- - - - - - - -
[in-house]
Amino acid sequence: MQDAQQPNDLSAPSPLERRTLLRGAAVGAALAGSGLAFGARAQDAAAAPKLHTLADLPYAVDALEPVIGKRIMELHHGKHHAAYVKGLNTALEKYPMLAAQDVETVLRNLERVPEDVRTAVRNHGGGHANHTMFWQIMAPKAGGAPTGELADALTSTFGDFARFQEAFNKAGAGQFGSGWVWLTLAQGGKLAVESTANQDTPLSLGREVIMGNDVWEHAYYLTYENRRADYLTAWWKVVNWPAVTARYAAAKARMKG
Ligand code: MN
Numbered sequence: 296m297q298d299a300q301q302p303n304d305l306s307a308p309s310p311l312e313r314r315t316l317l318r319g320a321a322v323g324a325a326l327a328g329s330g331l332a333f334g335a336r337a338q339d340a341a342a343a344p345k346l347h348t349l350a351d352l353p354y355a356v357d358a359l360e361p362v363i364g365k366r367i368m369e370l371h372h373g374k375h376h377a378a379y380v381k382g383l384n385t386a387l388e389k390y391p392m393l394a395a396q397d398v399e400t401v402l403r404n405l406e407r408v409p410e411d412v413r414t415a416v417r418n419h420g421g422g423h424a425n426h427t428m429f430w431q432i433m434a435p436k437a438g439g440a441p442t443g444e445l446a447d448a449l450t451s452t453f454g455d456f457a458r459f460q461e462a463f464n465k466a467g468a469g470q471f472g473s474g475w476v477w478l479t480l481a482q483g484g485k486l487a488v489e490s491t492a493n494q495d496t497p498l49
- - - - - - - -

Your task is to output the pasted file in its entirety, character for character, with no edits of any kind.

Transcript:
[in-house]
Amino acid sequence: MQDAQQPNDLSAPSPLERRTLLRGAAVGAALAGSGLAFGARAQDAAAAPKLHTLADLPYAVDALEPVIGKRIMELHHGKHHAAYVKGLNTALEKYPMLAAQDVETVLRNLERVPEDVRTAVRNHGGGHANHTMFWQIMAPKAGGAPTGELADALTSTFGDFARFQEAFNKAGAGQFGSGWVWLTLAQGGKLAVESTANQDTPLSLGREVIMGNDVWEHAYYLTYENRRADYLTAWWKVVNWPAVTARYAAAKARMKG
Ligand code: MN
Numbered sequence: 296m297q298d299a300q301q302p303n304d305l306s307a308p309s310p311l312e313r314r315t316l317l318r319g320a321a322v323g324a325a326l327a328g329s330g331l332a333f334g335a336r337a338q339d340a341a342a343a344p345k346l347h348t349l350a351d352l353p354y355a356v357d358a359l360e361p362v363i364g365k366r367i368m369e370l371h372h373g374k375h376h377a378a379y380v381k382g383l384n385t386a387l388e389k390y391p392m393l394a395a396q397d398v399e400t401v402l403r404n405l406e407r408v409p410e411d412v413r414t415a416v417r418n419h420g421g422g423h424a425n426h427t428m429f430w431q432i433m434a435p436k437a438g439g440a441p442t443g444e445l446a447d448a449l450t451s452t453f454g455d456f457a458r459f460q461e462a463f464n465k466a467g468a469g470q471f472g473s474g475w476v477w478l479t480l481a482q483g484g485k486l487a488v489e490s491t492a493n494q495d496t497p498l49